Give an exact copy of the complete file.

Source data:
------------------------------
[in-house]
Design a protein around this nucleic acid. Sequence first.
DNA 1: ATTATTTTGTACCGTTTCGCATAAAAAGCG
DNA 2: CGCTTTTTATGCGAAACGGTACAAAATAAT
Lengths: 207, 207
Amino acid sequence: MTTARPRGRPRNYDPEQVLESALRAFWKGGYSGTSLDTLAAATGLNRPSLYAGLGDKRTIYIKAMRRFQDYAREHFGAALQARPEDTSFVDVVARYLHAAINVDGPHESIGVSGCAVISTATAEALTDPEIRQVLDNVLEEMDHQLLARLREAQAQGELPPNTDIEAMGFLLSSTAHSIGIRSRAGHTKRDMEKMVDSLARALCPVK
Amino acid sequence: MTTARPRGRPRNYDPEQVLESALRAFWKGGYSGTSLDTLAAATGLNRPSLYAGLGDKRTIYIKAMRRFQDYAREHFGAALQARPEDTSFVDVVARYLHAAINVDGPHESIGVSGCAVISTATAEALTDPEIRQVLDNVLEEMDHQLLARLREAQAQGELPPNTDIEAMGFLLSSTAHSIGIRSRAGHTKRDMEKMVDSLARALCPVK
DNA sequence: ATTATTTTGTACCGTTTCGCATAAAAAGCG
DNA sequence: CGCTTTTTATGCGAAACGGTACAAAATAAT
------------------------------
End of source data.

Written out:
[in-house]
Design a protein around this nucleic acid. Sequence first.
DNA 1: ATTATTTTGTACCGTTTCGCATAAAAAGCG
DNA 2: CGCTTTTTATGCGAAACGGTACAAAATAAT
Lengths: 207, 207
Amino acid sequence: MTTARPRGRPRNYDPEQVLESALRAFWKGGYSGTSLDTLAAATGLNRPSLYAGLGDKRTIYIKAMRRFQDYAREHFGAALQARPEDTSFVDVVARYLHAAINVDGPHESIGVSGCAVISTATAEALTDPEIRQVLDNVLEEMDHQLLARLREAQAQGELPPNTDIEAMGFLLSSTAHSIGIRSRAGHTKRDMEKMVDSLARALCPVK
Amino acid sequence: MTTARPRGRPRNYDPEQVLESALRAFWKGGYSGTSLDTLAAATGLNRPSLYAGLGDKRTIYIKAMRRFQDYAREHFGAALQARPEDTSFVDVVARYLHAAINVDGPHESIGVSGCAVISTATAEALTDPEIRQVLDNVLEEMDHQLLARLREAQAQGELPPNTDIEAMGFLLSSTAHSIGIRSRAGHTKRDMEKMVDSLARALCPVK
DNA sequence: ATTATTTTGTACCGTTTCGCATAAAAAGCG
DNA sequence: CGCTTTTTATGCGAAACGGTACAAAATAAT